"Seconds Apart" director Antonio Negret generates some genuine adrenaline-fueled thrills, chills, and spills in his second feature length release. The rural crime thriller "Transit" qualifies as an exciting road picture about four murderous thieves who tangle with an innocent family in backwater Louisiana over a fortune in stolen loot. The only shortcoming of this above-average but formulaic melodrama is its lackluster ending that deprives the protagonist of any reward for his heroic deeds. Fortunately, the cast is convincing, particularly Jim Caviezel as the devastated dad and James Frain as the desperate villain. The ignorant authorities are clueless about what is happening between the heroes and the villains. Ironically, the lawmen only complicate matters and imperil our hero and his family. Frain looks particularly degenerate as the sleazy gang leader, while Harold Perrineau registers intensely as a trigger-happy henchman. "According to Greta" scenarist Michael Gilvary has cross-stitched the plots from the Dana Andrews' epic "Hot Rods to Hell" and the Audrey Hepburn nail-biter "Wait Until Dark." In `Hot Rods to Hell," rebellious teens terrorize a family on a deserted stretch of highway. In "Wait Until Dark," a deadly drug dealer stashes his narcotics in the blind heroine's luggage for a transoceanic flight and the villains invade her New York apartment.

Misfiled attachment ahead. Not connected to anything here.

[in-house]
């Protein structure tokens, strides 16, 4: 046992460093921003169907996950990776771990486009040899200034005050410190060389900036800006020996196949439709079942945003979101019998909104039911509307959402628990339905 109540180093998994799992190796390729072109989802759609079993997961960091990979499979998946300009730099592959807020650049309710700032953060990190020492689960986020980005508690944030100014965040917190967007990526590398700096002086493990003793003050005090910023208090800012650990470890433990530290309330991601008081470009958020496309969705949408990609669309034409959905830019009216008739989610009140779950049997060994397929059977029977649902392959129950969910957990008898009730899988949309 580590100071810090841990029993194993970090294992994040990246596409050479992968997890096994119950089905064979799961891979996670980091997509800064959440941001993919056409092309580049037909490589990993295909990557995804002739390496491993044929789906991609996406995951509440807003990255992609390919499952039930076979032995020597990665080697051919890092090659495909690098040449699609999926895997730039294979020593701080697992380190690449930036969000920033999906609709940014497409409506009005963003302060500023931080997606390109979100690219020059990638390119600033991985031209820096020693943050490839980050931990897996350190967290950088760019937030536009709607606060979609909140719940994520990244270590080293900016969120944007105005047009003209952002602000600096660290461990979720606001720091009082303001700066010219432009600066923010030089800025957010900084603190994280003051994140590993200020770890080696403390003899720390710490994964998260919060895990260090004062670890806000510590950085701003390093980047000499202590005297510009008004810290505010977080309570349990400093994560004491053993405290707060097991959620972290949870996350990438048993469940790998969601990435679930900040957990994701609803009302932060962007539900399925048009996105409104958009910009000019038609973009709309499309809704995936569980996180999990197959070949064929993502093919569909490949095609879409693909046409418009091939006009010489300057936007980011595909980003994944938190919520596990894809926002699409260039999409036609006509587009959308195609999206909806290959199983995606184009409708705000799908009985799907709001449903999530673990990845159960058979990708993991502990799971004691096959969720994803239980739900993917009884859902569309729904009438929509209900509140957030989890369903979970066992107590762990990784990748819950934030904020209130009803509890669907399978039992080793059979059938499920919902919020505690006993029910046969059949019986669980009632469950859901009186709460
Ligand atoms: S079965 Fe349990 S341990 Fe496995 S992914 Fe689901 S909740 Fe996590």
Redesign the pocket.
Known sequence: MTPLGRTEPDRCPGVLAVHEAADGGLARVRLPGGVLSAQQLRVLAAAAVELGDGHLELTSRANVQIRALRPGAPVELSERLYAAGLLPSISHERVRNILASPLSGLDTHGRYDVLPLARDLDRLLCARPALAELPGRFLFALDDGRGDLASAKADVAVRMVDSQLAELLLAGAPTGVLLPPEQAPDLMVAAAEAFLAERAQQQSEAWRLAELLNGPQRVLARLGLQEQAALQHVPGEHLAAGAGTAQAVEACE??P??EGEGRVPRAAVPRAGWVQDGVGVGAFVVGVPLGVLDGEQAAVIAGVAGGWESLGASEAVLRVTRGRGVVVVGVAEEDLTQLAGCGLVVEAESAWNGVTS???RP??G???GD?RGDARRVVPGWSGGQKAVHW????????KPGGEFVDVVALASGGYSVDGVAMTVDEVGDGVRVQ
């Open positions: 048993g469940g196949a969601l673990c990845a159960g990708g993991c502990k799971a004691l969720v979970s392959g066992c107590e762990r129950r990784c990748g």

In "Transit," a quartet of reckless armored car robbers need to get past a police roadblock. They replace the camping gear strapped down to the top of the Sidwell family SUV with their ill-gotten gains. Initially, our heroes have no clue about the dastards after them. Marek (James Frain of "Titus"), Arielle (Diora Baird of "Wedding Crashers"), Losada (Harold Perrineaus of "The Matrix Revolutions"), and Evers (Ryan Donowho of "Broken Flowers") have fooled themselves into believing that they can retrieve their loot from the unsuspecting family before they realize that they've been used as a mule. Naturally, nothing goes right for either side and those are the best dramatic moments. The conflict emerges from the situation. Our hero Nate (Jim Caviezel of "Outlander") has just been paroled from prison. He served time for real estate fraud. Now, Nate is struggling to get his wife Robyn (Elisabeth Röhm of "Abduction") and sons together for a vacation when they run afoul of the bad guys. Some of the action will take you by surprise. Neither Negret nor Gilvary make it easy for either the heroes or their adversaries. No sooner do the villains have the loot than they lose it. Not long after the hero appropriates the millions, he loses it in the swamp.
The black 1972 Chevrolet Chevelle that the villains drive assumes a character of its own and the long shots of it hauling down the highway look as cool as the spinning tire shots. Negret handles the chase sequences with aplomb. The car crash involving the Sheriff Deputy's Crown Victoria is awesome. "Transit" never wears out its welcome.